A spokesman for Cambodia’s main opposition party on Friday told reporters that Kem Sokha, the acting president of the Cambodia National Rescue Party, had once more refused to attend a court session where he was scheduled to be questioned.
Yem Ponharith, a CNRP lawmaker for Prey Veng province, said the party maintained that Kem Sokha was immune from legal action under the constitution unless there was clear evidence of a crime having been committed.
The announcement came after Than Leng, the judge investigating Kem Sokha over solicitation allegations, issued a subpoena late on Thursday for previous refusals to attend court.
“Kem Sokha has repeatedly said he is a lawmaker holding immunity, so he will not go to the court... but we are still studying the legalities with the lawyers to discern whether the law has been properly and fully implemented or not,” he said.
On May 26, armed police attempted to detain Kem Sokha after he missed a Phnom Penh Municipal Court appearance where he was due to be questioned over solicitation allegations.
The ruling Cambodian People’s Party’s 68 lawmakers unanimously voted in favor of continued legal action against Kem Sokha on Monday amid an opposition boycott of the session.
Than Leng, the investigating judge, could not be reached for comment on Friday.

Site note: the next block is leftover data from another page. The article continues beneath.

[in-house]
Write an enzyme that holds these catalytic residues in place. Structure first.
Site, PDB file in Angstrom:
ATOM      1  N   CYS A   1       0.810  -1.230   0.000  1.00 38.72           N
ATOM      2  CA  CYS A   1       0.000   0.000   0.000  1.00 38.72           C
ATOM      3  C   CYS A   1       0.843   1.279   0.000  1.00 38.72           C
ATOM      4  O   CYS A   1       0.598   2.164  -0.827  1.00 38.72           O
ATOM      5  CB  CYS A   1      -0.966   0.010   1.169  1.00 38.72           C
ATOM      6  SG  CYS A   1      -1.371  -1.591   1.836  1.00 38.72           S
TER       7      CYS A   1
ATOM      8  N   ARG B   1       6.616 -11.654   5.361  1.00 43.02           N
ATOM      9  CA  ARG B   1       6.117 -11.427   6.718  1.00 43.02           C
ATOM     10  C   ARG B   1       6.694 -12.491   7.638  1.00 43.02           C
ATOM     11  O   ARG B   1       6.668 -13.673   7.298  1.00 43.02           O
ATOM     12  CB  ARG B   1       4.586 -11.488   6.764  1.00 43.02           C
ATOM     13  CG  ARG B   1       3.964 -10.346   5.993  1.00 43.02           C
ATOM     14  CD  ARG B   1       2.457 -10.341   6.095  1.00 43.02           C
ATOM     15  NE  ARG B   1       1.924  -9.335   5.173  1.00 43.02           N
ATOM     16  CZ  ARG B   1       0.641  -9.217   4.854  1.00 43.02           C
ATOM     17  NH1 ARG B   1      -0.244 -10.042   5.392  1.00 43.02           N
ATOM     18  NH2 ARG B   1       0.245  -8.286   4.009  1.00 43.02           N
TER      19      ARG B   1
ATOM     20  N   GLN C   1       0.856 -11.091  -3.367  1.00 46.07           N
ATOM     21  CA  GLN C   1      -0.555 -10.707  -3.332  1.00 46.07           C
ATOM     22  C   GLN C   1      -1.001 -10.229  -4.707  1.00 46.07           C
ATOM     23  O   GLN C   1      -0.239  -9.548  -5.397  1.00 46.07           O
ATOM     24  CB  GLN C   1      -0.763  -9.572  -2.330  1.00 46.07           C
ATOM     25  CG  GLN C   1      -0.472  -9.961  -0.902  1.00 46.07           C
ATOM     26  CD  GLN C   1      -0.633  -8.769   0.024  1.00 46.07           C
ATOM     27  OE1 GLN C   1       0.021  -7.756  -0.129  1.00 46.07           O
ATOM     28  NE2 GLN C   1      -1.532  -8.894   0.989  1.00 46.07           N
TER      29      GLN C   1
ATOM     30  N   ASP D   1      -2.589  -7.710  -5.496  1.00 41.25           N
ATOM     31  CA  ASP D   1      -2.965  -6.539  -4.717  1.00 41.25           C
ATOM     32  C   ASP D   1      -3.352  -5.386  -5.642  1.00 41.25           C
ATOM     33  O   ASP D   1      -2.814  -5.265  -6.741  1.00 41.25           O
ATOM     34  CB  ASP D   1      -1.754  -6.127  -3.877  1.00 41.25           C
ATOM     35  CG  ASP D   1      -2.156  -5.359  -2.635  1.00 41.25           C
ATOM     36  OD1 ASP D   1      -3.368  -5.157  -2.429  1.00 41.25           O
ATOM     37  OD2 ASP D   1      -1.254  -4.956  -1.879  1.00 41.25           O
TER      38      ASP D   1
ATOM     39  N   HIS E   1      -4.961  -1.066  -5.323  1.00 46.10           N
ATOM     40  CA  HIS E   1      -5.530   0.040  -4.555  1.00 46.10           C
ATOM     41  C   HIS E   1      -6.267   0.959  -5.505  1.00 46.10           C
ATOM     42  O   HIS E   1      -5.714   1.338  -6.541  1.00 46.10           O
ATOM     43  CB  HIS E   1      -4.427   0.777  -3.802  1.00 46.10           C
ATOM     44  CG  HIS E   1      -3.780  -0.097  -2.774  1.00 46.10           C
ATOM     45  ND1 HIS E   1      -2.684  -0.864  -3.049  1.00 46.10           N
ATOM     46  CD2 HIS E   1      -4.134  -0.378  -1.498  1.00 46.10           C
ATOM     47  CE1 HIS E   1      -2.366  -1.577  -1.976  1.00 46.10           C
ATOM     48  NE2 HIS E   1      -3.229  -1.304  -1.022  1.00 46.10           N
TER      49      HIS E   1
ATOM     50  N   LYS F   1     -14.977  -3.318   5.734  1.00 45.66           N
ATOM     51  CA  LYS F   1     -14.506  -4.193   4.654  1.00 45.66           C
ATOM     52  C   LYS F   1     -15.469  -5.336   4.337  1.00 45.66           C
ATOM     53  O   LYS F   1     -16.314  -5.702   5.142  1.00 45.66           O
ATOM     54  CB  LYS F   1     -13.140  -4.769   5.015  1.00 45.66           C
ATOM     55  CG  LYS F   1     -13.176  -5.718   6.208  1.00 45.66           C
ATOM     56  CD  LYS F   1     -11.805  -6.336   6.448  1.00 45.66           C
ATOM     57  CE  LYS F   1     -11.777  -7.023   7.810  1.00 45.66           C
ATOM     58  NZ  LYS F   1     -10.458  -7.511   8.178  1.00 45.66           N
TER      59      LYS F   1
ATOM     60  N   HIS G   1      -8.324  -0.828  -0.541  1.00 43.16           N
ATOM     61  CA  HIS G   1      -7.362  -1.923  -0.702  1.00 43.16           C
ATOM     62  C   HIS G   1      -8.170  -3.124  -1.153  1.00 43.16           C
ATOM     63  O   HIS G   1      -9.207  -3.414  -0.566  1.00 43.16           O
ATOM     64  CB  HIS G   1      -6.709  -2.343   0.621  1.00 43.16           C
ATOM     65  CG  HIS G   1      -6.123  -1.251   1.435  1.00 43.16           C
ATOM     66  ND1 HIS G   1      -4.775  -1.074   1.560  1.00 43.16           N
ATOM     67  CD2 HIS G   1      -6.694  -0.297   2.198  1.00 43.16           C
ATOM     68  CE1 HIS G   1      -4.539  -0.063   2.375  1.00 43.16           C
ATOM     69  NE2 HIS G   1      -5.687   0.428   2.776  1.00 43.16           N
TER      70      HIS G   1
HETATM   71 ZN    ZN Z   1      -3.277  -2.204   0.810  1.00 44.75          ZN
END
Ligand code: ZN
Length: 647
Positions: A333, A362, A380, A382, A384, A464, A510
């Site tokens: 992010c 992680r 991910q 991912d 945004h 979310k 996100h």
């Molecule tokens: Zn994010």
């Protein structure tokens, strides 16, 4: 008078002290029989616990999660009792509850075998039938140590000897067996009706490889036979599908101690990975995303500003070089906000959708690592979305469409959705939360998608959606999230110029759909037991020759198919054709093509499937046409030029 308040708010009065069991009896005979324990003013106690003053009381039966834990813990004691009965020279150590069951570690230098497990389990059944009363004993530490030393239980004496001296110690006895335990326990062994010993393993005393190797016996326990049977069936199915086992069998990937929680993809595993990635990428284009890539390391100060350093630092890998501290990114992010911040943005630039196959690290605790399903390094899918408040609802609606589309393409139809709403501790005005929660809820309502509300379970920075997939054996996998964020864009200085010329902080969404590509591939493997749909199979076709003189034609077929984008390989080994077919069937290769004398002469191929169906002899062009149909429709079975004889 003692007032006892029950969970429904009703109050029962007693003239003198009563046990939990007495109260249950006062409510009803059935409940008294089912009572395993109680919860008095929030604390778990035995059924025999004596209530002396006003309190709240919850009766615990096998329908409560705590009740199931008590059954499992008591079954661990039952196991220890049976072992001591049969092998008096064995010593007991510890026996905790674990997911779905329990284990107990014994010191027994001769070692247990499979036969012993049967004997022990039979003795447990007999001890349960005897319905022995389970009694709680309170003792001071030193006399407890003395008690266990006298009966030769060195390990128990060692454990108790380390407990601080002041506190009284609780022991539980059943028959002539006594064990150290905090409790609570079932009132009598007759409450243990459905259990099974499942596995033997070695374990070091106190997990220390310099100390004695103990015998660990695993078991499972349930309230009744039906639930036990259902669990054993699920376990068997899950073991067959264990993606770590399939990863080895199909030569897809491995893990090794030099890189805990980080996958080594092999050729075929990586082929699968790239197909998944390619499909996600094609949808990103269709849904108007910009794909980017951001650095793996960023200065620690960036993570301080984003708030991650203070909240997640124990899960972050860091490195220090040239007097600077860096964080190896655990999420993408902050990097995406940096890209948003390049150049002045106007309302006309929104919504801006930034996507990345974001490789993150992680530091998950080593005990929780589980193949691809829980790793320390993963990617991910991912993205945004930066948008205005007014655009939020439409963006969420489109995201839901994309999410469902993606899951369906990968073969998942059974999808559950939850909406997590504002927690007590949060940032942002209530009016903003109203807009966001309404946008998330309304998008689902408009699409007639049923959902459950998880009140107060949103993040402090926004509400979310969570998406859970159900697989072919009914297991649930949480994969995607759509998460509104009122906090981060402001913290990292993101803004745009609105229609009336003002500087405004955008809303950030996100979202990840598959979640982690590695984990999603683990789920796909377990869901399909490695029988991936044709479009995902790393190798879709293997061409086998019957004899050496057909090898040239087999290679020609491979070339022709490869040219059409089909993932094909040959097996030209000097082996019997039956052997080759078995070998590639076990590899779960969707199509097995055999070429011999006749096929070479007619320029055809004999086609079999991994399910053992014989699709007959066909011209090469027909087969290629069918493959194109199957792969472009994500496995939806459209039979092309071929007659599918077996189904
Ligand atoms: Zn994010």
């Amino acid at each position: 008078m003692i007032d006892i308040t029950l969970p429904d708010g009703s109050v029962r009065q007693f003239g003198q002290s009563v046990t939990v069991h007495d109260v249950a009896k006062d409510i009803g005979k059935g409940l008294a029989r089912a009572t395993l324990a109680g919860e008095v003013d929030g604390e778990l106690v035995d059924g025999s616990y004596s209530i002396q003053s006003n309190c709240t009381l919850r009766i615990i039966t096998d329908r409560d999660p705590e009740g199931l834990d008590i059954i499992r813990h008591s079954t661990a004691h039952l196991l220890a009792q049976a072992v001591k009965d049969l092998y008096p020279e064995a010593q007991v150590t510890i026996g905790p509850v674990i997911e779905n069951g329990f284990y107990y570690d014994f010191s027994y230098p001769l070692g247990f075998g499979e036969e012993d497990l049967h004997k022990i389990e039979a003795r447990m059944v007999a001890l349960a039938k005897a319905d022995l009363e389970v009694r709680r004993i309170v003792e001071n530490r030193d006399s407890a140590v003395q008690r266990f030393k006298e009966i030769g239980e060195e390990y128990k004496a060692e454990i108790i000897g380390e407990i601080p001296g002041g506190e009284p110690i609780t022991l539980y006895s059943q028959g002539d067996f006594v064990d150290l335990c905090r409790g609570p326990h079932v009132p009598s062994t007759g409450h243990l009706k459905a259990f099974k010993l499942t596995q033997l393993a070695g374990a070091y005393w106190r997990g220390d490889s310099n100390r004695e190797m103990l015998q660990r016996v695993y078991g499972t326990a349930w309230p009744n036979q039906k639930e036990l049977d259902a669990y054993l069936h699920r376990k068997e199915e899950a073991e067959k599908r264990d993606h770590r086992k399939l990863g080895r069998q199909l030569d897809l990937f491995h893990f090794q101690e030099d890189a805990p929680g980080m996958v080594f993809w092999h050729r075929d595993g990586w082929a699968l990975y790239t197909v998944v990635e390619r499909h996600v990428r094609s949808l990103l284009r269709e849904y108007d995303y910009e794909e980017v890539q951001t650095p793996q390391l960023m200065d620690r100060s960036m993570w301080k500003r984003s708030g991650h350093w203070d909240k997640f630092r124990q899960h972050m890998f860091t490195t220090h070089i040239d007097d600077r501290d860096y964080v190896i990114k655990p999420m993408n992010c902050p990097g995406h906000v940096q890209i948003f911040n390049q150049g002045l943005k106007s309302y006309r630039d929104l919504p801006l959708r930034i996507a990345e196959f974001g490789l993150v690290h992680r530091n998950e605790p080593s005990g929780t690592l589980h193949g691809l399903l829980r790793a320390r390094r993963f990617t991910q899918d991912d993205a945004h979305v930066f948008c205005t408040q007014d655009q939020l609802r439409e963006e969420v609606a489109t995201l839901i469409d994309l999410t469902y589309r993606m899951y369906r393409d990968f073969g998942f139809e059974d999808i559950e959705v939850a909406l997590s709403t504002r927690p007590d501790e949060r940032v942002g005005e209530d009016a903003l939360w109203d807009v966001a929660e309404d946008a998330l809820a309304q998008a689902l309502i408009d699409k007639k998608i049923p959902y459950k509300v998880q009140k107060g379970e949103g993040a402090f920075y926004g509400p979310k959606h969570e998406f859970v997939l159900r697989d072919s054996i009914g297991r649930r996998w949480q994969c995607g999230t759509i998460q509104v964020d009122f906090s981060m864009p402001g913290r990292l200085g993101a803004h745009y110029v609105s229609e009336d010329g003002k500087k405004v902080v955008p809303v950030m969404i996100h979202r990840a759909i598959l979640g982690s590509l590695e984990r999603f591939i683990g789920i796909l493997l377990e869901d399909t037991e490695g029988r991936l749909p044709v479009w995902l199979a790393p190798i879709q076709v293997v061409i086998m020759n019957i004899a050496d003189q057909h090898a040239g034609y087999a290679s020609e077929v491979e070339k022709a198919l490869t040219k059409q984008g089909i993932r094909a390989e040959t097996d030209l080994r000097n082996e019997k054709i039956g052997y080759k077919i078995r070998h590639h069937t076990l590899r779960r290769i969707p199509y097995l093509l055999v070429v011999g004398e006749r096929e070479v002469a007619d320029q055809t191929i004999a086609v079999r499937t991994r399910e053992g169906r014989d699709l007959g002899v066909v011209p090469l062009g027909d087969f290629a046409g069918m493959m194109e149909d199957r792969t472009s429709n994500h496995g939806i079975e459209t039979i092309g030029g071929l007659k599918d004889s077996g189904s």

Taing Sunlay, the court director, declined to comment on the ongoing case, referring questions to a spokesman, who could also not be reached.
Four rights workers from local NGO Adhoc – Ny Sokha, Yi Soksan, Nay Vonda and Lim Mony – were early last month detained along with election official Ny Chakrya as part of the investigation into Kem Sokha.
The rights workers were charged with bribing a witness while Ny Chakrya was accused of being an accomplice to the act of bribery.
A local official from Kampong Cham province, Seang Chet, was also jailed.
Kem Sokha is alleged to have engaged in an affair with a woman named Khom Chandaraty, also known as Srey Mom.
Both the United States and the European Union have expressed their concerns over the case against Kem Sokha, calling for a resumption of the so-called culture of dialogue between the two parties.
A statement from the Ministry of Foreign Affairs on Thursday responded to the concerns by saying the critics did not understand Cambodia’s legal system.